Posted on December 20, 2012 by The Director of Digital Media
Daniel Shibley (Fellows Program '12) shares an amusing anecdote of daily life as an Israeli
Amid the mound of mail in the “shin” box of Yeshivat Har Etzion, I located a small paper notice from the Israel Post with my name on it. Once I managed to peel it off the plastic wrapper of another student’s unclaimed copy of The Economist to which it was stuck, I realized that the item awaiting me in the post office was an official document that had been sent via registered mail from the Government of Israel. It baffles me however, why an official notice about an official document appeared to be so decidedly unofficial.
The slip of paper was, at best, a half sheet. The edges on at least one side had clearly been trimmed by hand using a paper cutter, complete with the crooked edge. The print was off center, and the logo of Israel Post was only vaguely visible in the upper left corner. Lucky that my name was on it at all. The morning immediately following the arrival of the notice I undertook the long and arduous three minute walk to the post office here in Alon Shvut. Down the manicured stone path, between the yeshiva dorms, across a narrow road, past the playground not yet filled with children at play and into downtown Alon Shvut, a hustling bustling hotbed of a synagogue, health clinic, bank, small grocery, and yes, the post office.
I arrived at the post office to find two customers ahead of me in line, an older women, and a fellow yeshiva student. The older woman was carefully placing her belongings back into her purse, why she needed to remove everything in the first place is beyond me, but, let the chutzpa commence! The clerk began assisting the student in selecting which box would best suited for shipping his item, recommending the medium size box. The dialogue, roughly translated from the Hebrew, went something like this:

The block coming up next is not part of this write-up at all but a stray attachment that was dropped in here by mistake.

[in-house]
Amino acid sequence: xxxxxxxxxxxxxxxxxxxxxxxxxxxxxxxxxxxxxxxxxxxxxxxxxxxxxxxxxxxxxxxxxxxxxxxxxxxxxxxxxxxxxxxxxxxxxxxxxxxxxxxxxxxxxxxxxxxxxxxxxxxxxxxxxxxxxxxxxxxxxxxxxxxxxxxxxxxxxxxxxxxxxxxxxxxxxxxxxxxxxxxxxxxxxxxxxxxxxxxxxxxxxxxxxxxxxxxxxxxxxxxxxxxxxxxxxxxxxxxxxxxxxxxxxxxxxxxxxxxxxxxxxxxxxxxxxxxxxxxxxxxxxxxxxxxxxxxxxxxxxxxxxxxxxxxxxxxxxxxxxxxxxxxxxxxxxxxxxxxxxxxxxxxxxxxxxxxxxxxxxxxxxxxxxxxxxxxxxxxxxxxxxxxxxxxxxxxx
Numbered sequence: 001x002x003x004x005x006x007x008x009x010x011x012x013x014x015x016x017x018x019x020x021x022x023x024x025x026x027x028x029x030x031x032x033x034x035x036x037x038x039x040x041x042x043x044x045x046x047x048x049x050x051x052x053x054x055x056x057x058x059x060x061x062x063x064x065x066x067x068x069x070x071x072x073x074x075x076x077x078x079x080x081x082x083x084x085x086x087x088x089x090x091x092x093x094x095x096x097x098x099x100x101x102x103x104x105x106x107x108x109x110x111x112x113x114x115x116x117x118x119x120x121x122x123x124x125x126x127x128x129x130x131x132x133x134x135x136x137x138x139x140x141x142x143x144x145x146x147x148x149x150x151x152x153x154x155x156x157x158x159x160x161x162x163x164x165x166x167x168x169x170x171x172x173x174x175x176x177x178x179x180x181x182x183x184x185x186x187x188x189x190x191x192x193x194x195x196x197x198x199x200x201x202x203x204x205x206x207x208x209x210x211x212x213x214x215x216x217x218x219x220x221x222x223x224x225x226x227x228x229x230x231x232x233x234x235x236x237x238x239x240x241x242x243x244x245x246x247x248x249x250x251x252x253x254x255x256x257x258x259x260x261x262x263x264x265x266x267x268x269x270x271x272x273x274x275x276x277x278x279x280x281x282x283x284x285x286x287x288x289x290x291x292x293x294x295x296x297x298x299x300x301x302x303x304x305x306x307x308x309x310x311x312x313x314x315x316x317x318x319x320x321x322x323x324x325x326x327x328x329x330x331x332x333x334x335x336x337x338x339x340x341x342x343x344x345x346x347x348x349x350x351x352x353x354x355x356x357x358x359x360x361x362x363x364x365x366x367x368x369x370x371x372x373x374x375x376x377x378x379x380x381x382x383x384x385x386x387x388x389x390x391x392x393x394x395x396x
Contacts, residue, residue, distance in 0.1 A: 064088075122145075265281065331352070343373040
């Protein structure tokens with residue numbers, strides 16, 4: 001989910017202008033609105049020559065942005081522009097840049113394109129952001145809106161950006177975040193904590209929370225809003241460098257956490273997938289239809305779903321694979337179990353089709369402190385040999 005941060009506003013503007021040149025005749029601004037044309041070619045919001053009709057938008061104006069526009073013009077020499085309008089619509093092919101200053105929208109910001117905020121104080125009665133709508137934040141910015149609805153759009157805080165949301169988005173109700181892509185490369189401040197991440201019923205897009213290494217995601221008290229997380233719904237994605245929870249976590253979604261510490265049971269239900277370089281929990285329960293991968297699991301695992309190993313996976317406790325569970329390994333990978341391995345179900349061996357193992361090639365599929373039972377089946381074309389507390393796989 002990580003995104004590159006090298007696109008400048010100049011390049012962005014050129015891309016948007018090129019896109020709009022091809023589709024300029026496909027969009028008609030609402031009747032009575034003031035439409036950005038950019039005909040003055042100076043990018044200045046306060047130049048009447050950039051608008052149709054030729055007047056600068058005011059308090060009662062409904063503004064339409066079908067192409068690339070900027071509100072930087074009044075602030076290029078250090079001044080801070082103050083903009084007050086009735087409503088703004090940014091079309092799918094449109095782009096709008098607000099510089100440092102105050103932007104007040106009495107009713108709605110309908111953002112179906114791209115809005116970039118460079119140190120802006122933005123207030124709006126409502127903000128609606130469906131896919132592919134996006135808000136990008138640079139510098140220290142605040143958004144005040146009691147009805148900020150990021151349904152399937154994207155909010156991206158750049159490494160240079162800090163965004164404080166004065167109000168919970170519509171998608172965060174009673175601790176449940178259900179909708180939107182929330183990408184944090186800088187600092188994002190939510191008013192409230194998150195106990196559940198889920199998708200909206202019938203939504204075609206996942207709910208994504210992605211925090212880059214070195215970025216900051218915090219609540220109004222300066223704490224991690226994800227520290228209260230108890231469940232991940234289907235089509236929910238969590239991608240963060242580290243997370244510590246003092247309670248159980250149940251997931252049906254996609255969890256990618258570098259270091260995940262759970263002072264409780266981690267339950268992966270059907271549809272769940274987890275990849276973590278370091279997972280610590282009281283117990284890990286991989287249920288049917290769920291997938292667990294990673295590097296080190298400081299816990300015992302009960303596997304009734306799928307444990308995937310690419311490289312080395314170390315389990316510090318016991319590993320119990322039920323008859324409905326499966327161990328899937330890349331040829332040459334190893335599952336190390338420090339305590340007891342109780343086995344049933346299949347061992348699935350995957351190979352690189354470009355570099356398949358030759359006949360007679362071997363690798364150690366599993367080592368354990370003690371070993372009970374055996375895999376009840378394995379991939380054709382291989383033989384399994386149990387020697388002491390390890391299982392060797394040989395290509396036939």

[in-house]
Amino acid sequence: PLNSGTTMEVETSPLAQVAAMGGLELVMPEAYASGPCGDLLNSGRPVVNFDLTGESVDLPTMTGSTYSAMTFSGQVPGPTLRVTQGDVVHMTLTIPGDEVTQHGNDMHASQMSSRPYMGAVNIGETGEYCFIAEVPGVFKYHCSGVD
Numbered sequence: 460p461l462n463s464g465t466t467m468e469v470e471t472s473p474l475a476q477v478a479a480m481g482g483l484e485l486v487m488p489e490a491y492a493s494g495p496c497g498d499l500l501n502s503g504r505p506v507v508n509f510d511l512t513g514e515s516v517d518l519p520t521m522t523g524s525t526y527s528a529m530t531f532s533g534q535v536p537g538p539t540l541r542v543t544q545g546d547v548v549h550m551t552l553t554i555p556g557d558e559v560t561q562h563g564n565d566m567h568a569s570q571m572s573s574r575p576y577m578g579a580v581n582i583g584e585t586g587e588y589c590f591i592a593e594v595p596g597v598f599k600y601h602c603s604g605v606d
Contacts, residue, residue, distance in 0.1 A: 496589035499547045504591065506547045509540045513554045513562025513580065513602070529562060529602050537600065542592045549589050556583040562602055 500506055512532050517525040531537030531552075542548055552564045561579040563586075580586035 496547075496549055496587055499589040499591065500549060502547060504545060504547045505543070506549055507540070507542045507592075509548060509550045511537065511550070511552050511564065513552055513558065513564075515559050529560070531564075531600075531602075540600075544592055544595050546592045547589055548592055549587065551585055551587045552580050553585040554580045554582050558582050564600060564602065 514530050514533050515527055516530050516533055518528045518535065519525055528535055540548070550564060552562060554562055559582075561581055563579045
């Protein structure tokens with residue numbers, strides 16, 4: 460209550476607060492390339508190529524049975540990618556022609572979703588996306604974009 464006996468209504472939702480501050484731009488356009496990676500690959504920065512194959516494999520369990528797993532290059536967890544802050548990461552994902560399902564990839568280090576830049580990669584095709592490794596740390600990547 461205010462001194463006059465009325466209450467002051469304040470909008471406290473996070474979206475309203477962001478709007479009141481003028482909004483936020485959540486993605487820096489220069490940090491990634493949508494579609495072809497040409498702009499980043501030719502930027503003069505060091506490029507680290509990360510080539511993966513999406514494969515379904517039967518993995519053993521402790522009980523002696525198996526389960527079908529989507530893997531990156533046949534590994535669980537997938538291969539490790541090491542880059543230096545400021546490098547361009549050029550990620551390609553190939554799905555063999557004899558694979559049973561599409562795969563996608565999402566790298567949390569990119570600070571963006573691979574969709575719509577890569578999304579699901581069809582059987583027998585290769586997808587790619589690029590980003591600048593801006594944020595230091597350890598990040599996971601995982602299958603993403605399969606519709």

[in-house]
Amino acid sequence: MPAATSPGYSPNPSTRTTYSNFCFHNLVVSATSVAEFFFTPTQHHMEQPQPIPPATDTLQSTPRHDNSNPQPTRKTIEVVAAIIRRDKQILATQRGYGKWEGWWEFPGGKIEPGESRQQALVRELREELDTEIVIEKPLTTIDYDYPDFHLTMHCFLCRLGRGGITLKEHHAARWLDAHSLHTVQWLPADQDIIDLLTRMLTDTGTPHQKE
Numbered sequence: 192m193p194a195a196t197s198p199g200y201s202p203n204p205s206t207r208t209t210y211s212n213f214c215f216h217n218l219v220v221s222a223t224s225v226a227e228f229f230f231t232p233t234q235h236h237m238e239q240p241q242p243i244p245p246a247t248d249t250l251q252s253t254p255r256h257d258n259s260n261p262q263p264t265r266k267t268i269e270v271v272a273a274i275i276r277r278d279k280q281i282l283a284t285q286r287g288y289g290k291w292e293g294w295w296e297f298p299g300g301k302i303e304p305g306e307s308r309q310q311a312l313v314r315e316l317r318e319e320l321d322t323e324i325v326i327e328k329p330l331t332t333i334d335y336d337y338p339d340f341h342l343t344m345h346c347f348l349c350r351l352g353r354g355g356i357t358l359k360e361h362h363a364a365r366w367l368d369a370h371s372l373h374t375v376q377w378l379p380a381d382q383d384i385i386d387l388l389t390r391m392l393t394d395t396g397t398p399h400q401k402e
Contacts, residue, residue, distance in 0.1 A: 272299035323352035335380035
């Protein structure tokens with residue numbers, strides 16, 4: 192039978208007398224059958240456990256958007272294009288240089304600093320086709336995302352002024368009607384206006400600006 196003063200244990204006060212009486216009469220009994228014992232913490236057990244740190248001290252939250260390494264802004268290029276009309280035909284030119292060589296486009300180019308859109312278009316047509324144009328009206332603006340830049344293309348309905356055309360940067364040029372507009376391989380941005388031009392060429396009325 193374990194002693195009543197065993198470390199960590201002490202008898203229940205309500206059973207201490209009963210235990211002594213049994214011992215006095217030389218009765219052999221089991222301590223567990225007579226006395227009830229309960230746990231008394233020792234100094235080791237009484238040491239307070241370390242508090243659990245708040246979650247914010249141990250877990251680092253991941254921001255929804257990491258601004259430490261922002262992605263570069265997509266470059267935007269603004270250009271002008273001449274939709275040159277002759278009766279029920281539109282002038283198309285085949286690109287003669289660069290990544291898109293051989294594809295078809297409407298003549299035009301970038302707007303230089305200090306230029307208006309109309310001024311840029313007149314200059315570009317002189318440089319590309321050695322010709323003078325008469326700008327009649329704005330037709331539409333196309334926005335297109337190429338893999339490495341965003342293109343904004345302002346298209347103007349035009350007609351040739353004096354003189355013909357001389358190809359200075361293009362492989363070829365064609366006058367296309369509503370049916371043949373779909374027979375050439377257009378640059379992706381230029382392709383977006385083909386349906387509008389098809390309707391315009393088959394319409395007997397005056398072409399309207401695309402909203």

Throughout the conversation I struggled to restrain the laughter that comes with watching two strangers engage in a pointless discussion involving the shipping container of a third stranger. For better or for worse I have witnessed other similar incidents in other places, a concerned neighbor giving parenting advice, a bus driver advising less luggage, a maintenance man sharing his expertise on proper bowling technique. Although sometimes frustrating and often hilarious, there is a certain beauty to receiving advice from total strangers, no matter how surprising. When unsolicited advice is the result of deep seeded feeling of brotherhood, as opposed to obnoxious malice, post office chutzpa is just another albeit hilarious example of the connectedness that Israelis feel to each other, whilst they simultaneously make patently obvious the fact that they truly believe that they are perpetually in the know.